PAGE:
Through a combination of Batman’s tenacity and magics even John Constantine was reluctant to call upon, the tyrant Superman has been brought down. Trapped in a magical sleep that not even The Spectre can cut through, Superman does what he always did.
He dreams of a better way.
He dreams of a better world.
He dreams of the world that should have been.
A world where he didn’t kill the woman he loved and their unborn child.
A world where all the friends he lost or drove away still look to him in inspiration, rather than fear.
A world where Batman killed The Joker and sacrificed his own ideals to save the lives of millions and the virtue of his best friend.
A world where Lois Lane gave birth to a perfectly healthy, super girl.
A world full of first steps, first words and first flights.
A world where the man who had everything and lost it all, again has all that he ever could have wished for: A better world. A happy ending. An illusion of the worst kind. And deep down he knows it. But he does not want to leave it.
With his final issue of Injustice, writer Tom Taylor shows just why this series was such a success. When this book first came out, not many critics gave it any attention. Video game tie-in books usually scrape the bottom of the barrel in terms of quality and the expectations were low for a book based on a reality created by the people who brought you Mortal Kombat.
The expectations were particularly dire among long-time DC Comics fans. Ignoring the loud and vocal contingent of Superman fans who claim that any story that begins with Superman killing someone is a non-starter, there were many who dismissed the world of Injustice as being redundant. There are already a lot of alternate reality stories based around The Joker’s death or Superman’s corruption bringing about the end of Life As We Know It. What could Injustice hope to say or do that hadn’t already been said or done by Kingdom Come or the Justice Lords episodes of the Justice League animated series?
Plenty, it turns out.
There’s an old saying that life is about the journey rather than the destination and Taylor proved that during his tenure on Injustice. We already knew how the story would end – how it must end – due to the plot of the Injustice game. But that still left five years to fill in and Taylor told some truly amazing stories. He expanded upon what few details the game revealed and answered a number of questions – both obvious and obscure – that were suggested by this new reality. For instance, we knew that Green Arrow was the first hero to die fighting the tyrant Superman, but we didn’t know how or why. Or Black Canary’s response to Superman’s murdering the man she loved. Or how the various cosmic powers of the DC Universe reacted to Superman becoming ruler of the Earth in all but name.
This attention to detail is a hallmark of Taylor’s writing. As is his ability to balance comedy and tragedy, knowing just the right time to bring out Harley Quinn to say something funny before the action gets too dour. But more than anything else, what Taylor brought to this series was a clear and obvious love for these characters and a knowledge of everything they should be.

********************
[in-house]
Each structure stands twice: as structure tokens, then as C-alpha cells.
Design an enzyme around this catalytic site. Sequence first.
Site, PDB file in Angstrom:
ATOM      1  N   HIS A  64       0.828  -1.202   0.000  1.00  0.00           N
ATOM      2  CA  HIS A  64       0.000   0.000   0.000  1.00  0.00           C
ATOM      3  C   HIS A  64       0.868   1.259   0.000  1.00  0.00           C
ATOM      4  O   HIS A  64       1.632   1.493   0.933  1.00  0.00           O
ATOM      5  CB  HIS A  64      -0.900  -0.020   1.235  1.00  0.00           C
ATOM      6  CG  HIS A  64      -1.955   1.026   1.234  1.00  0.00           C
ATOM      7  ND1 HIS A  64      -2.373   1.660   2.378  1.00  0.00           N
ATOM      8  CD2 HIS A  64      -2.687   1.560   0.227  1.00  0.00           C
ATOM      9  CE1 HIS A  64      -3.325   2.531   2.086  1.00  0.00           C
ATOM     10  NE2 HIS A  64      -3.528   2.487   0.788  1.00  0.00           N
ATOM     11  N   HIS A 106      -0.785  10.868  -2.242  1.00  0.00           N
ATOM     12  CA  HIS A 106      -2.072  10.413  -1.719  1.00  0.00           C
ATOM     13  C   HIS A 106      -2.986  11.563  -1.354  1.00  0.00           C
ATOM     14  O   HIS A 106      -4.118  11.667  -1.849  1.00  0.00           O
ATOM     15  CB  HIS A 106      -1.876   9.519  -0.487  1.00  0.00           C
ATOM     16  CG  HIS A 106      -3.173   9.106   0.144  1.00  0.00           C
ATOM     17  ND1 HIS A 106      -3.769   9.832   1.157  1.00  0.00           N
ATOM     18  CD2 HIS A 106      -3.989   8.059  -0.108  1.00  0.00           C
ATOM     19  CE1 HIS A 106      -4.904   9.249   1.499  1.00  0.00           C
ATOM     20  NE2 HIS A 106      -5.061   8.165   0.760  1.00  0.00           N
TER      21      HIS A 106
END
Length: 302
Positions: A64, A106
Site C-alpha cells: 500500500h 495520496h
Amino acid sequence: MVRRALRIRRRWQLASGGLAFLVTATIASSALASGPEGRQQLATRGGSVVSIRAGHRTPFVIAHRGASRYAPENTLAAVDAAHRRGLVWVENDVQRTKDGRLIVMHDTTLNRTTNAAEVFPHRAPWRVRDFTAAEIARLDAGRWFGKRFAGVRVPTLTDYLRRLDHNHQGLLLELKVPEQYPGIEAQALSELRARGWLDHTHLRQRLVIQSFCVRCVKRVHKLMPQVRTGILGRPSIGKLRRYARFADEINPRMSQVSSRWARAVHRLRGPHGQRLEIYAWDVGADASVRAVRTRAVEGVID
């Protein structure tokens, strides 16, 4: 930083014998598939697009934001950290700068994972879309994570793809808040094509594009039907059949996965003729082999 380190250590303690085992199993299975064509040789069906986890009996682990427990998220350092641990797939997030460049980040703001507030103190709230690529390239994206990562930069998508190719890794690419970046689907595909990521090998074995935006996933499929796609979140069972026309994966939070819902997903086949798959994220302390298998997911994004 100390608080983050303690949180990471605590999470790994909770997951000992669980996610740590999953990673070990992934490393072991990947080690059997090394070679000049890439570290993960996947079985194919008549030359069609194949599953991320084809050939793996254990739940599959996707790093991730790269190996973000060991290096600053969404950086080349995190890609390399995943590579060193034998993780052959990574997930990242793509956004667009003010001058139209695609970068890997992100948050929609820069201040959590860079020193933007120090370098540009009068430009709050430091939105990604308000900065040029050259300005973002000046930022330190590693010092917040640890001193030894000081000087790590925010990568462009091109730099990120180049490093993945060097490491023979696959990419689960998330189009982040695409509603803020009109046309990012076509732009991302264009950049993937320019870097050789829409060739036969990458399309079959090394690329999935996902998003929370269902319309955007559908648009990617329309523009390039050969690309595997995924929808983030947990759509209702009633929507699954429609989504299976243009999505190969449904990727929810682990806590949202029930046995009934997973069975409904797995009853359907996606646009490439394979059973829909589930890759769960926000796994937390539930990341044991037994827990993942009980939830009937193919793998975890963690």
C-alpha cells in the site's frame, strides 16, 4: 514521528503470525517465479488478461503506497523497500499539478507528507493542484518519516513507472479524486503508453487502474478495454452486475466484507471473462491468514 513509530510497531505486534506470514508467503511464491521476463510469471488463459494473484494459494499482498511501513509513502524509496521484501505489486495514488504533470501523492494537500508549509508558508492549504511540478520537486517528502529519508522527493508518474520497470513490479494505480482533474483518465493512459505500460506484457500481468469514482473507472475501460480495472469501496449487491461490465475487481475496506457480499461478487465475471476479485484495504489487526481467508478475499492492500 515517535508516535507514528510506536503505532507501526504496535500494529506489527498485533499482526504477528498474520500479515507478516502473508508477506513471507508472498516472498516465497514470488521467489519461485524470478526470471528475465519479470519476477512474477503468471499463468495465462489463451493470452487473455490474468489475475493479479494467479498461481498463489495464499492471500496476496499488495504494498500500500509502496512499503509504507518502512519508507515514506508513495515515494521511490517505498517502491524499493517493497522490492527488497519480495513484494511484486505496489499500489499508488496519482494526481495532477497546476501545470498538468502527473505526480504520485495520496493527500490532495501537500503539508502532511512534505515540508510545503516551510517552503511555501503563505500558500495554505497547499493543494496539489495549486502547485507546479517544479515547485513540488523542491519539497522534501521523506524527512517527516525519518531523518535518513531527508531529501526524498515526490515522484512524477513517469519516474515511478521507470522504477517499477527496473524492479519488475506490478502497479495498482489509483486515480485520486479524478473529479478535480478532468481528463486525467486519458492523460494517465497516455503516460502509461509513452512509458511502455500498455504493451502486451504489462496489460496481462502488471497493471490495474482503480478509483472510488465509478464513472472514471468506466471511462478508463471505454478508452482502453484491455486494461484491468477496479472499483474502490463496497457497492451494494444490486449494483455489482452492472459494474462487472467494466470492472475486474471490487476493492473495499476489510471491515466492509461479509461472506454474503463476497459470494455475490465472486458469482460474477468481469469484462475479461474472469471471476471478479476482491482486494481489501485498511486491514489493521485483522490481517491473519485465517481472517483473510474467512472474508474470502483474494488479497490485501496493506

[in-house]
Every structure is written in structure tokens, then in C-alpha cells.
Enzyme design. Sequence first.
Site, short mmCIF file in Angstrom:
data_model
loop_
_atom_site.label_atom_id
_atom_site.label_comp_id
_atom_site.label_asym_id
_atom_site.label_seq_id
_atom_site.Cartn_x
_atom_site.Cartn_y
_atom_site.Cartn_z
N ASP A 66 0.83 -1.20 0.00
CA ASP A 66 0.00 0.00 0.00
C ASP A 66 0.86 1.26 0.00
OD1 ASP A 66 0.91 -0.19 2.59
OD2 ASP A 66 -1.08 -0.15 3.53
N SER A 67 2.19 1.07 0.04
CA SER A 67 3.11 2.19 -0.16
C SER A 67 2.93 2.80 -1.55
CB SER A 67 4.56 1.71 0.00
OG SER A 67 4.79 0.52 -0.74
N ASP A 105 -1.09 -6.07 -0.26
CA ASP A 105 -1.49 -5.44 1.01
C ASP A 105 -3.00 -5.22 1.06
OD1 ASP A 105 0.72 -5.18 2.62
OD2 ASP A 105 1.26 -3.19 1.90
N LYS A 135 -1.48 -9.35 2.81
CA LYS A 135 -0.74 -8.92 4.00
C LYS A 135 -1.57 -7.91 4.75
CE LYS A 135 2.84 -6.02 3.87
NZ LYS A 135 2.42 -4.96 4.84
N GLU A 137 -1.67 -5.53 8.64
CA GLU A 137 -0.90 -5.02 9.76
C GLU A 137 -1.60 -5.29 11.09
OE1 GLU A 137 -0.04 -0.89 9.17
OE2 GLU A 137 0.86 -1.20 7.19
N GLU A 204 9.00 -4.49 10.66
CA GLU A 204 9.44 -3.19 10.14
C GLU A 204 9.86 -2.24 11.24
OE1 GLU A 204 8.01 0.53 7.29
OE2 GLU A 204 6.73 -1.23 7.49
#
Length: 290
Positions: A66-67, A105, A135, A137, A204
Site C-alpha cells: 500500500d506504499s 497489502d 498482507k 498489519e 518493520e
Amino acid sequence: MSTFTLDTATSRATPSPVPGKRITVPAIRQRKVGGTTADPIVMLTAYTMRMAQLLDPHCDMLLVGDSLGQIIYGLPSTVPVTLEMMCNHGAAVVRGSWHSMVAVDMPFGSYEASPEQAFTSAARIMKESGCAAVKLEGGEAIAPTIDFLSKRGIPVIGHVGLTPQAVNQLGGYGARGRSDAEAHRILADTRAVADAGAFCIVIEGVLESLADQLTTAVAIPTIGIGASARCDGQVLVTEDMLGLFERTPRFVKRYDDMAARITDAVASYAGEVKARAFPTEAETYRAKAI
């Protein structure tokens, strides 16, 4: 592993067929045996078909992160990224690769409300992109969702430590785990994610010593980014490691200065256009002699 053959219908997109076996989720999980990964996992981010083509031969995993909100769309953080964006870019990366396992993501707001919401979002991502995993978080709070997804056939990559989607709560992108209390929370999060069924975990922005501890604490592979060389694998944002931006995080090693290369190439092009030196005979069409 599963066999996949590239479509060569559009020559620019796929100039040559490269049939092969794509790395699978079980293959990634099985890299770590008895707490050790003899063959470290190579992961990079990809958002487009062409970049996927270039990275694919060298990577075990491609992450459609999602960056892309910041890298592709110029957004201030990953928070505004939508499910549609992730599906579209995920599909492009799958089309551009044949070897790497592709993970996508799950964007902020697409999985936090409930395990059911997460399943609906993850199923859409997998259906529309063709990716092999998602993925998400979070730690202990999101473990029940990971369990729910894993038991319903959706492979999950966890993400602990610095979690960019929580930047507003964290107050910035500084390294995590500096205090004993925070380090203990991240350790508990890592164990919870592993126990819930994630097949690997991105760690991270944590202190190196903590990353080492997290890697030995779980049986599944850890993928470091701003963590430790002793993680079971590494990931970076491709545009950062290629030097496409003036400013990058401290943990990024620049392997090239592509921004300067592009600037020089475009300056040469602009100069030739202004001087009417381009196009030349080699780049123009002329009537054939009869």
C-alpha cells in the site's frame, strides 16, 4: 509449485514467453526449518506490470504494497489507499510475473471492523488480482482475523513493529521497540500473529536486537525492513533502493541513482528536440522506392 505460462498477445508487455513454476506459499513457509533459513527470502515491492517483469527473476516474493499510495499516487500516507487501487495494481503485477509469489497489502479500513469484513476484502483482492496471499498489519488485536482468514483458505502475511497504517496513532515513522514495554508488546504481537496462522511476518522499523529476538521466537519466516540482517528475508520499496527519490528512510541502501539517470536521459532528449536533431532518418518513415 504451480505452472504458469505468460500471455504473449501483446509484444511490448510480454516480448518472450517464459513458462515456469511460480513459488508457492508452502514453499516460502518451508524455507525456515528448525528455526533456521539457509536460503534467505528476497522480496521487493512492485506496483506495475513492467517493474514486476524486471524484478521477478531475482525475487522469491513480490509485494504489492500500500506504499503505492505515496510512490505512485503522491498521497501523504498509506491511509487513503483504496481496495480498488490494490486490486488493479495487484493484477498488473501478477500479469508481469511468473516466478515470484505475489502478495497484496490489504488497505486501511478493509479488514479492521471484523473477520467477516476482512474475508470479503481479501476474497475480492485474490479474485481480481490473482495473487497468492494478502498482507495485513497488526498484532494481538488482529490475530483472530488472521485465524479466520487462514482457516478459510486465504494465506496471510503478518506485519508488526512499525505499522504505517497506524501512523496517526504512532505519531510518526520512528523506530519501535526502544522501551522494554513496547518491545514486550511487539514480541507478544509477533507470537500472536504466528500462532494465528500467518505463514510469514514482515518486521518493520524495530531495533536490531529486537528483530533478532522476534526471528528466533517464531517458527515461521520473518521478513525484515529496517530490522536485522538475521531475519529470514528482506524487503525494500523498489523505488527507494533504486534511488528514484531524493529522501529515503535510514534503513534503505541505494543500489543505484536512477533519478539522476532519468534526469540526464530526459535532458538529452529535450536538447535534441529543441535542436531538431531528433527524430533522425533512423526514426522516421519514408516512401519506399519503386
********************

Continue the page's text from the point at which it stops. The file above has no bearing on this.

There is an idealism to Taylor’s writing. A clear and abiding belief that as bad as things are, we can make them better. That we, as people, can be better than we are. This is why the stand-out characters of this series have all been idealists at their core. True, their ideals may conflict, but they are all deep believers in the idea that they can make things better. Whether it is Green Arrow’s liberal activism, Harley Quinn’s romantic optimism, or even John Constantine’s belief in standing up against the bullies of the universe – all of Taylor’s point-of-view characters have some kind of idealism driving their actions.
With this last issue, we see Taylor’s love for the DC Universe and his idealism brought center stage for one final bow. It is an idealism that many readers feel has been absent from modern comics in general, and many of the books that DC Comics publishes as part of their New 52 universe in specific. This issue – and the series as a whole – have been a love letter to the sense of hope and wonder and joy that exemplifies everything superhero comic books should be.
Taylor’s script is brought to life wonderfully by Bruno Redondo, Juan Albarran, Xermanico, Rex Locus and Wes Abbott. There are a number of nice touches in the artwork – subtle things that add to the presentation. For instance, the finishes of the artwork become distinct at certain key points, mirroring how the dream’s hold on Superman is weakening and becoming less real as a result. There’s also a number of just plain fun images, such as Krypto being a part of Clark and Lois’ home-life, with Superman throwing baseballs into the stratosphere for his dog to catch.
If you haven’t given Injustice a chance before now, you have been missing out on one of the best books of the last five years and should take steps to correct your mistakes immediately. And if you’re looking for another good comic to read, check out Tom Taylor’s independent series The Deep – Volume 1 & Volume 2. It’s a kid friendly but not at all childish comic about a family of underwater explorers and Taylor is currently developing it into an animated series. It, as well as the whole of Injustice, are highly recommended.